And he’s disturbed by what he sees.
“Athletes are making less money comparatively [than when I was fighting]. Everything’s bigger, except for the fighter pay,” Kennedy said.
“It is such an insult. It is so disingenuous to ask these guys to put not just their — they’re putting their health on the line for forever. You’ve been in the sport long enough to know athletes, that, they’re broken. There are lots of athletes, their cognitive decline from how they performed in the ring. Physically, orthopedically, I’m sure if you watched Mark [Coleman] or Dan Henderson try to walk around. Even Jake Shields, he gets on the mat, he still moves — right? — but then he comes out and you’re just like, ‘Bro, what was this sport done to you? And at what cost?’ You look at golf, this last golf [news cycle], a guy just signed $120 million one-year contract. He’s getting $2 million every time he plays golf.
“The last-place worst player on the green is making $250,000. This is golf. And these guys [in MMA] are going out and they’re looking like this? It’s such such a tragedy. And I don’t know how to solve that problem besides collective bargaining,” Kennedy continued.
“You had the best fight of the night and you can’t buy an electric car. Like, that’s how insulting it is. An NFL guy goes out there, make a moment, and he gets that NFL little bump — he goes and buys his mom a house. An 18-year-old goes and gets signed, goes to play football for three years, and he goes and plays for insert-any-football-team, and he’s buying his whole entire family houses. And then you have a UFC fighter who is top five in the world — top five, and he can barely make rent. He’s sleeping on the gym floor sometimes, he can’t even do a proper fight camp. Agent takes a percentage, IRS takes a percentage, and no real sponsors because it’s all controlled by the UFC, and that poor guy or girl is just barely scraping by. ... Shame on you fans. Every single one of you should be talking about this.”
Kennedy took particular umbrage with a narrative commonly used online that frames the fighter pay debate as “X fighter made Y amount of money for 15 minutes of work,” using the example of Paddy Pimblett’s recent $24,000 paycheck for his win at UFC London as a case study for what fans are missing when they reduce the conversation into such simple terms.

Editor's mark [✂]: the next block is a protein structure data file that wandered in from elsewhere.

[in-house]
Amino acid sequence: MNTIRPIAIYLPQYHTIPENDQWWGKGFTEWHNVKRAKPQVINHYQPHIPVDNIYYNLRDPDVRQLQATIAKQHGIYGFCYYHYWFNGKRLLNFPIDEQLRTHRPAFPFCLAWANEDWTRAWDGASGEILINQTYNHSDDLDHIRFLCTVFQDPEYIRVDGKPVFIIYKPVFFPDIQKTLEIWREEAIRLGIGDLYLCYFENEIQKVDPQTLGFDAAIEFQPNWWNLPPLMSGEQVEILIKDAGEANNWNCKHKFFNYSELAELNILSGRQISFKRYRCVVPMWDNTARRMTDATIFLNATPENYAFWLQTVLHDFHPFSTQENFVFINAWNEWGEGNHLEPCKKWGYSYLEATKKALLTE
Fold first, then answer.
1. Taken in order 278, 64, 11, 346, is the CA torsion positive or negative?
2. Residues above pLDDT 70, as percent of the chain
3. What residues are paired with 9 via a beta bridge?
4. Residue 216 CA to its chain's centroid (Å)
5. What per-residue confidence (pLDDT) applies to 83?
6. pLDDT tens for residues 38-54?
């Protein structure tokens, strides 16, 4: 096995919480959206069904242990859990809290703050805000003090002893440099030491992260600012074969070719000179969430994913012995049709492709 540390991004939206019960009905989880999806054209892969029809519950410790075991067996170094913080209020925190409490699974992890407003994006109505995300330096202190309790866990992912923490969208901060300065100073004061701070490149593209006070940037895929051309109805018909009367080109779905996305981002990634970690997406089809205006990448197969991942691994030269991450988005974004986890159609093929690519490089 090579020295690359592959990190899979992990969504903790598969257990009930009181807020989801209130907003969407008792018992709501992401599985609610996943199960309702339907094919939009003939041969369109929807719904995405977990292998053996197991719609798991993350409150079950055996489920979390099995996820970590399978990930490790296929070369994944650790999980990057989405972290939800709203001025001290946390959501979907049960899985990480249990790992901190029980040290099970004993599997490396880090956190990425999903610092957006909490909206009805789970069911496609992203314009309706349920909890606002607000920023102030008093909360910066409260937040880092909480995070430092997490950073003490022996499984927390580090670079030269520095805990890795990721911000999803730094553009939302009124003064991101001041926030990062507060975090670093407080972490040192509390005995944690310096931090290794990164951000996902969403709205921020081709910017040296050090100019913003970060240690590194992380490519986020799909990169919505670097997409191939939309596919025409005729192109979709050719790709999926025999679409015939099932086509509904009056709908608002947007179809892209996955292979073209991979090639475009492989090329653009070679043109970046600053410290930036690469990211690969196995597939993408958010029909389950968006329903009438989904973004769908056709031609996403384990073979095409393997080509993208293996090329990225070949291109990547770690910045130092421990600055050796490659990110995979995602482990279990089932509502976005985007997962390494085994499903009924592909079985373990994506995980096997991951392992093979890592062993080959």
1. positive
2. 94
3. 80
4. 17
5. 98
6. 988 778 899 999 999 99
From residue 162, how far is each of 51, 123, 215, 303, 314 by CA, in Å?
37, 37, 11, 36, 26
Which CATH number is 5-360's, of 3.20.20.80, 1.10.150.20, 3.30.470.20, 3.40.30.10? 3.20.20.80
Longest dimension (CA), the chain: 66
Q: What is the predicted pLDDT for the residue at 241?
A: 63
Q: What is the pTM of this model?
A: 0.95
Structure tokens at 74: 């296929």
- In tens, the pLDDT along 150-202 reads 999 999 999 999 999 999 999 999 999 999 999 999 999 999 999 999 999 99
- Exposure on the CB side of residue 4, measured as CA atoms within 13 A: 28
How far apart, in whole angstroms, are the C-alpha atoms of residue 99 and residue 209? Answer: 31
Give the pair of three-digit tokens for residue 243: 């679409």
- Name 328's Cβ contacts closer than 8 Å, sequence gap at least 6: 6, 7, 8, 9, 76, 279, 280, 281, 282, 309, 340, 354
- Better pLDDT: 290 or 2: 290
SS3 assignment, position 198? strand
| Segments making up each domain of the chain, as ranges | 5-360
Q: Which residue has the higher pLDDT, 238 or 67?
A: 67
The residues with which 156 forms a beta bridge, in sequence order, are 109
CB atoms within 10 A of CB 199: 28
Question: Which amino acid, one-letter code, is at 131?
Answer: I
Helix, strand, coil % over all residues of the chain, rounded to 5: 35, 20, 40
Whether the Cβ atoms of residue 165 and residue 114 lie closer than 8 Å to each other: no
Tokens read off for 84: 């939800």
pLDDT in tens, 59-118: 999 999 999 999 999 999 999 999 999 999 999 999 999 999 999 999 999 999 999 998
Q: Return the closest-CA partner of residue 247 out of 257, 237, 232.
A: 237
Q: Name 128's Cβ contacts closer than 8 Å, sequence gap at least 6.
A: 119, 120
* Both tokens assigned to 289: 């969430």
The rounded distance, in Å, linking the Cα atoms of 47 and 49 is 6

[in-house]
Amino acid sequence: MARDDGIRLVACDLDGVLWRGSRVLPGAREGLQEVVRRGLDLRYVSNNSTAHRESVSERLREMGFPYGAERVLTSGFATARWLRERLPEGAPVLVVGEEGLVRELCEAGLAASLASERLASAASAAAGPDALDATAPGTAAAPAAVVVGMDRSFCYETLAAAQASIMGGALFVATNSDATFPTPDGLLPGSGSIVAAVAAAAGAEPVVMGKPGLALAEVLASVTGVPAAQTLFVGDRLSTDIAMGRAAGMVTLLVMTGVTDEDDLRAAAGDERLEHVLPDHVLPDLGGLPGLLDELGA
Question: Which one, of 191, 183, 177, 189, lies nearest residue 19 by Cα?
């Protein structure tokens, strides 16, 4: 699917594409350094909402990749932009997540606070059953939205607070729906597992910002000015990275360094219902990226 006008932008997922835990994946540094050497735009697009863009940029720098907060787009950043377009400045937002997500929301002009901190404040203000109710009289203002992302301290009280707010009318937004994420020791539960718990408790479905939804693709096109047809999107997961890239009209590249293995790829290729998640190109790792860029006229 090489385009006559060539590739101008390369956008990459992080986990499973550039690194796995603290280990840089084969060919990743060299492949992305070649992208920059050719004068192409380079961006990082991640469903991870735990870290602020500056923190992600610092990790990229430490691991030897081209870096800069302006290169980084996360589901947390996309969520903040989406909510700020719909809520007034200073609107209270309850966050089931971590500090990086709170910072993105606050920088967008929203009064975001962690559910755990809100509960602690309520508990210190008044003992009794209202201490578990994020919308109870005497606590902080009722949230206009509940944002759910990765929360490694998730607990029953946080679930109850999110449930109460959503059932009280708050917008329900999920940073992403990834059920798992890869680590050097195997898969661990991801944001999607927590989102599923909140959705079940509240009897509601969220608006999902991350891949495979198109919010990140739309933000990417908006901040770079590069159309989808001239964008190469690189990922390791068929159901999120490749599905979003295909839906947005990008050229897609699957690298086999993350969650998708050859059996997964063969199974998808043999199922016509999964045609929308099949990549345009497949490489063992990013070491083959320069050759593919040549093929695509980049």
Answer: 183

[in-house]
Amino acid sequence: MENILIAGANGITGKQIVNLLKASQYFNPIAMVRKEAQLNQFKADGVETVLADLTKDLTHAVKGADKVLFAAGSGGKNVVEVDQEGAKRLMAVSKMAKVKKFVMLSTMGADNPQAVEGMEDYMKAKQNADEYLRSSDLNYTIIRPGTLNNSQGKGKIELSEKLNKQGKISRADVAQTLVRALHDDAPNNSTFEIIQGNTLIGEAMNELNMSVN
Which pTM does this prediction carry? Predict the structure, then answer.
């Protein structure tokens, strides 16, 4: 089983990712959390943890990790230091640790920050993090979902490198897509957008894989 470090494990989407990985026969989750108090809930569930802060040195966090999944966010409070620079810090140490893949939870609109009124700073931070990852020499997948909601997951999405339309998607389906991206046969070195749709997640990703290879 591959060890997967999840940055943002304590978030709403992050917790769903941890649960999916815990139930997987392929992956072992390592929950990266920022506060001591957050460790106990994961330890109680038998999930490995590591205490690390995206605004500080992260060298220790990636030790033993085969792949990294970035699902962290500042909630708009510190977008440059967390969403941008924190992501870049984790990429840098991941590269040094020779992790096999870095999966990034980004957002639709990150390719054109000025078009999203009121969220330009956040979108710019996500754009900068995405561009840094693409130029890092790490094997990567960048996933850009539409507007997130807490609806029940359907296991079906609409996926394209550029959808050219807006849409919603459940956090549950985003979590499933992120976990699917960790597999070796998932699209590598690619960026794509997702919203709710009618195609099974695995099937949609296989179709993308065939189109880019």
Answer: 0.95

“Let me kick you in the head for like eight months out of the year for that $80,000, and then give your 20 percent to your agent, and then 40 percent to give to the IRS, and then make sure you pay for gym fees, make sure you pay for your gear, make sure you try and get organic food — there’s nothing left,” Kennedy said. “There’s nothing left.
“It was a lifetime [of preparation]. How long has [Pimblett] been a martial artist? He started when he was like six, didn’t he? He’s been doing this his whole entire life. Like, when you’re trying to learn how to ride a bike, he was out there being a martial artist. So that two minutes was really like 22 [years]. I don’t know how old he is.”
The battle for fighter’s rights in MMA is ultimately one that Kennedy isn’t a part of anymore. He’s busy enough with his own endeavors in his post-MMA retirement. But it’s still a cause he holds near and dear to his heart, and he hopes the goals of the MMAAA are achieved one day in the future, if only for the sake of the athletes who put their lives on the line.
“I pray that it does,” Kennedy said. “They deserve that it does.”